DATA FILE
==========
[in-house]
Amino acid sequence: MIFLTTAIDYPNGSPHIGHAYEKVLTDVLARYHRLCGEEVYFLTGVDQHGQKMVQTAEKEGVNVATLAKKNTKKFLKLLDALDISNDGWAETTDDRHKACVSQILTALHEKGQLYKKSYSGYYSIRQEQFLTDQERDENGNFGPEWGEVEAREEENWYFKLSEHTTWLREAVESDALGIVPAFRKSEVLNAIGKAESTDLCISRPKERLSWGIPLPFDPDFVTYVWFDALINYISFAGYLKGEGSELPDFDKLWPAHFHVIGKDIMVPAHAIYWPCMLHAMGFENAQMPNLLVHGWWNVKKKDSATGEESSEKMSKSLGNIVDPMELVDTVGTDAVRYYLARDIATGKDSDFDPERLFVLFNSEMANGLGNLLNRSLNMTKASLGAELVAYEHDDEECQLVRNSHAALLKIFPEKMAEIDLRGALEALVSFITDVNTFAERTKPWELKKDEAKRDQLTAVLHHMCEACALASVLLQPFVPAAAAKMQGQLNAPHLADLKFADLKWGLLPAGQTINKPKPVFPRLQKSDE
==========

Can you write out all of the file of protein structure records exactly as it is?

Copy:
[in-house]
Amino acid sequence: MIFLTTAIDYPNGSPHIGHAYEKVLTDVLARYHRLCGEEVYFLTGVDQHGQKMVQTAEKEGVNVATLAKKNTKKFLKLLDALDISNDGWAETTDDRHKACVSQILTALHEKGQLYKKSYSGYYSIRQEQFLTDQERDENGNFGPEWGEVEAREEENWYFKLSEHTTWLREAVESDALGIVPAFRKSEVLNAIGKAESTDLCISRPKERLSWGIPLPFDPDFVTYVWFDALINYISFAGYLKGEGSELPDFDKLWPAHFHVIGKDIMVPAHAIYWPCMLHAMGFENAQMPNLLVHGWWNVKKKDSATGEESSEKMSKSLGNIVDPMELVDTVGTDAVRYYLARDIATGKDSDFDPERLFVLFNSEMANGLGNLLNRSLNMTKASLGAELVAYEHDDEECQLVRNSHAALLKIFPEKMAEIDLRGALEALVSFITDVNTFAERTKPWELKKDEAKRDQLTAVLHHMCEACALASVLLQPFVPAAAAKMQGQLNAPHLADLKFADLKWGLLPAGQTINKPKPVFPRLQKSDE